There’s a notion going around that men’s sports are being prioritised over women’s amidst the on-going pandemic, garnering a resounding wave of pity for female athletes across Ireland.
While women’s sports has had its fair share of disappointments due to Covid-19, not to mention the odd controversy here and there, the idea that women’s sport has had it worse off than men’s is absurd.
Both men and women’s sports have been knocked this year and yet both have had their fair share of success.
Female athletes have flourished over the last year with four Irish women, Cleirigh Buttner, Nadia Power, Georgie Hartigan and Louise Shanahan, making it inside the top 20 of the world rankings for athletics – the only European country to have more than three people on the list.
In fact, as the third lockdown came into play Power broke the Irish 800m record twice in two weeks. Just recently Power and Sarah Lavin also took to the podium at the world Athletics Indoor Tour in Madrid.
In boxing, 20 year old Katelynn Phelan became the youngest female professional boxer in Ireland and historically claimed the World Boxing Council Youth title, the Women’s International Boxing Association title and the World Boxing Federation title.
Cycling’s Eve McCrystal and Katie George Dunlevy got a new personal best and picked up silver at the UCI Para-Cycling Road World Championships last December.
To write off women’s sport over the last year as have ‘taken a hit’ by the pandemic is a false narrative and takes away from the huge success these athletes have achieved.
Of course, there has been times when it seems a case of unequal opportunities – the Six Nations for instance. There was controversy over the fact that as we came out of our second lockdown, it was announced that the 2021 Women’s Six Nations would be postponed to a later date, while the men played on.
People questioned why it was safe for the men’s team and not the women’s team, why the IRFU couldn’t see the obvious problem with the difference and ‘why were girls constantly being pushed to the side’.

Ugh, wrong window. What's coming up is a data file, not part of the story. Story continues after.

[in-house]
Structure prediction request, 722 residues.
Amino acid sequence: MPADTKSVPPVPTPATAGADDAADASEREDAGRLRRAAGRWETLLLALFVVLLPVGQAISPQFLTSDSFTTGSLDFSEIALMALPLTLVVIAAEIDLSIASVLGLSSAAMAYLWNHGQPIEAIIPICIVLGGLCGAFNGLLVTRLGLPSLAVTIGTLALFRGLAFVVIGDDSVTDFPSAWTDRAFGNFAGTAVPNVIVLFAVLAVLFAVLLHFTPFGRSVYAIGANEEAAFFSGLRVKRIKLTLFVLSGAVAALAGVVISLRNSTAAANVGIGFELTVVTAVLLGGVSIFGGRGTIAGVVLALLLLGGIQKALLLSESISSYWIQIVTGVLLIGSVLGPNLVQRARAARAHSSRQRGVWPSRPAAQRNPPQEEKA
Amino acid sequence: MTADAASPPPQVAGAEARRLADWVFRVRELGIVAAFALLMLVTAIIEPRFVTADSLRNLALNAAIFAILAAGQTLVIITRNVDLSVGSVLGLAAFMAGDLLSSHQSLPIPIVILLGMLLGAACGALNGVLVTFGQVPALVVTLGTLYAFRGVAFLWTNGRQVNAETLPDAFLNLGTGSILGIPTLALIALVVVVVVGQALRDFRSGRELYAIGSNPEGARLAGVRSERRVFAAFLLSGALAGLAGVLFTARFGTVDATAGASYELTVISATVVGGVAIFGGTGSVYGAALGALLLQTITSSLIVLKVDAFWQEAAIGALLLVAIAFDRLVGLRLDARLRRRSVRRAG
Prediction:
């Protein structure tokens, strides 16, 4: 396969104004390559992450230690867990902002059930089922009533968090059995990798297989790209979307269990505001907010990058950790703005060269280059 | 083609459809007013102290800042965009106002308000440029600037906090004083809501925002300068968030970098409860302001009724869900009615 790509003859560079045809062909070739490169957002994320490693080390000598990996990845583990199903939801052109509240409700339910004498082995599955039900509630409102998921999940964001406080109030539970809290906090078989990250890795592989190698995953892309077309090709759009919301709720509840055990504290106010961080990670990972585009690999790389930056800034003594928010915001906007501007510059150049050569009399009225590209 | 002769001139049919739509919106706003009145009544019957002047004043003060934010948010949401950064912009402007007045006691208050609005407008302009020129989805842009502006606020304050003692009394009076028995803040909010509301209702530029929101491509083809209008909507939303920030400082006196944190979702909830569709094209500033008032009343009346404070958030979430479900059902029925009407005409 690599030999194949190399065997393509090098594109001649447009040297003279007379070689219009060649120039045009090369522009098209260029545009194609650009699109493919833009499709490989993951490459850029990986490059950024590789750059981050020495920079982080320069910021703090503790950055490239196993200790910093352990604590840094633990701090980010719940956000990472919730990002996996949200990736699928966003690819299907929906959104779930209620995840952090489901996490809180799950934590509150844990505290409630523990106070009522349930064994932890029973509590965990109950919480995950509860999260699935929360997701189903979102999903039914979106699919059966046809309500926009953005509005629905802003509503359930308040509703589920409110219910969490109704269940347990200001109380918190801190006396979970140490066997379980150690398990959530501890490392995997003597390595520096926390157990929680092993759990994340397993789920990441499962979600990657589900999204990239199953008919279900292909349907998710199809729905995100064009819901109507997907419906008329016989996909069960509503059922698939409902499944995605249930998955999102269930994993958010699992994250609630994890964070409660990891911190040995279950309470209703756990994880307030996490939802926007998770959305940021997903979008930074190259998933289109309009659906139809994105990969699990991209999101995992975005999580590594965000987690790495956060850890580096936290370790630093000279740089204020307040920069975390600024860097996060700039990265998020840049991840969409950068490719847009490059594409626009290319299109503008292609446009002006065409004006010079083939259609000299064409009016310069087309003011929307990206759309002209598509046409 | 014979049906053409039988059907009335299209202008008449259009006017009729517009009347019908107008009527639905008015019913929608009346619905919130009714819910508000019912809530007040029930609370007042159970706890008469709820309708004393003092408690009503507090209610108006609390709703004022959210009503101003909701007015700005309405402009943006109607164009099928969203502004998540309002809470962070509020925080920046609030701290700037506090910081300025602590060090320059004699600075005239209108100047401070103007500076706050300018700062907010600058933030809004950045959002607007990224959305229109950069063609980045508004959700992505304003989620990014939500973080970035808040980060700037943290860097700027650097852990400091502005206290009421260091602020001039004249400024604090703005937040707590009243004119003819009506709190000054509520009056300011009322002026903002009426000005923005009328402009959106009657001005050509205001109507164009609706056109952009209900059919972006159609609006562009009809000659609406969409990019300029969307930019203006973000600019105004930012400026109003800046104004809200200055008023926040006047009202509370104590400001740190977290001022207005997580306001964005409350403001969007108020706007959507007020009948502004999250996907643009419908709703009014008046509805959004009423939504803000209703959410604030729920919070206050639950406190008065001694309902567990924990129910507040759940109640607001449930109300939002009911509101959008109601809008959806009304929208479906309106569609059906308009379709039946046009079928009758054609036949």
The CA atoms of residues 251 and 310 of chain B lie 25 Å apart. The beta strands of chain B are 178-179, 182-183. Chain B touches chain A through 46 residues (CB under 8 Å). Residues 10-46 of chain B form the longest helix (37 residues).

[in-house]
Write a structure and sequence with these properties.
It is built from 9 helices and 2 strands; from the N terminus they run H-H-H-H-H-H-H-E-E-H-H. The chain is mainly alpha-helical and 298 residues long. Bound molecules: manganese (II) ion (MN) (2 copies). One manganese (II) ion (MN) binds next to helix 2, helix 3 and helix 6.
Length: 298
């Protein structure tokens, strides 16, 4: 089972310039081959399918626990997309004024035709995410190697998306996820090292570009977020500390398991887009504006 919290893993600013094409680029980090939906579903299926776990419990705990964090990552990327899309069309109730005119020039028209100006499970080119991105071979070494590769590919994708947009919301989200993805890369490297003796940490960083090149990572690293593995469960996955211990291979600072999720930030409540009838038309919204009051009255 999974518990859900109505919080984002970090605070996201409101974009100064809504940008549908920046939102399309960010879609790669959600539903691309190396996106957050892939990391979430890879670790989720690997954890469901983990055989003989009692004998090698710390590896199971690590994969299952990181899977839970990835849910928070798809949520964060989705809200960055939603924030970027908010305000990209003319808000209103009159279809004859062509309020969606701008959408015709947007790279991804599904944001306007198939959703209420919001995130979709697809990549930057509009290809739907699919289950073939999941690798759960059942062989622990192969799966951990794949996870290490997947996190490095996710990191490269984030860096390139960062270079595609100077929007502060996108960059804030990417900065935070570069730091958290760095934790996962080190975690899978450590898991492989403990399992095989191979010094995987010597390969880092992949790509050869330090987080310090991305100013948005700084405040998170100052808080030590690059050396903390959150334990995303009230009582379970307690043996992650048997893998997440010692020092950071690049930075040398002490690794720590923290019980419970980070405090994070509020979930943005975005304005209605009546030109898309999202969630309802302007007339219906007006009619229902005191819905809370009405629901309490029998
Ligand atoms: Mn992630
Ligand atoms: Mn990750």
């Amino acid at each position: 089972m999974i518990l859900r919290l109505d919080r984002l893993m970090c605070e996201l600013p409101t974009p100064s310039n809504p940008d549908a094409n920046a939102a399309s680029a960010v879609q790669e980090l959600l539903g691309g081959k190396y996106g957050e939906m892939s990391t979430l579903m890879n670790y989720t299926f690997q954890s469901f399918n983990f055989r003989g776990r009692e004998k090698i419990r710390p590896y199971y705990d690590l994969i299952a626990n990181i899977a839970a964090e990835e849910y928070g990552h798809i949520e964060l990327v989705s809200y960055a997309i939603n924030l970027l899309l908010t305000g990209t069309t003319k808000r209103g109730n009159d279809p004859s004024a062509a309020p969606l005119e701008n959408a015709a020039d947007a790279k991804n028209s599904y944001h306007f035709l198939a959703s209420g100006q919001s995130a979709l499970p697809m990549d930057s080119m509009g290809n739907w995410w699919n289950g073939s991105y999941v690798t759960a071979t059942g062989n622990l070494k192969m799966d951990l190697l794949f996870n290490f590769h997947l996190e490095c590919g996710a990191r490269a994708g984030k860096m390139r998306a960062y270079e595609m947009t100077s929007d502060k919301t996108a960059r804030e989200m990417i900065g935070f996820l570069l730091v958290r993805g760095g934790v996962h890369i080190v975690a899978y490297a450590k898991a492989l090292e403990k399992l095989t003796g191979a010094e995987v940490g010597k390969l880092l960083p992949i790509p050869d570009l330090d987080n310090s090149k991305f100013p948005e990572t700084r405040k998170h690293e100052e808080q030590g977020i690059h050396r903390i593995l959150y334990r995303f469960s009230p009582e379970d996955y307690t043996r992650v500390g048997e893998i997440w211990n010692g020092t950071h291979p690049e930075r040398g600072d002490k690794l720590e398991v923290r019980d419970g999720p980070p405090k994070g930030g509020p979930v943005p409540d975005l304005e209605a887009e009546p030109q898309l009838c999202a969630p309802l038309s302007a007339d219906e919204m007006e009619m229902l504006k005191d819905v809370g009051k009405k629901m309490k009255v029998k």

It’s not an issue of prioritising the men’s in a time of crisis nor is it a safety precaution for the women’s team, it has a much simpler answer, and solution – the women’s team are amateurs whilst the men’s are professional.
The conversation should be directed at changing women’s rugby player’s status, not dismissing it as “unfair”.
With the high Coivd-19 rates still across many European countries, players must be able to have sufficient time to travel, quarantine and remain in their bubble.
The women’s team can’t afford to quarantine for two weeks here and there because they’ve jobs to get back to and bills to be paid. Amongst the Women’s Six Nations, four of the teams are amateur, one is semi-professional and one is professional.
With the Women’s Six Nations dates just set and the announcement of a new U20’s team, women’s rugby are getting through the pandemic, despite the setbacks, the conversation surrounding them should be about the possibility of turning semi-professional or ideally, professional.
In fact, the entire last year in sport needs to be looked at positively, rather than through the typical ‘men are treated better’ lens.
The Irish rugby women’s team couldn’t begin their Six Nations when the men did because they quite literally couldn’t afford to – that is what people should be focusing on.
Image credit: Irish Rugby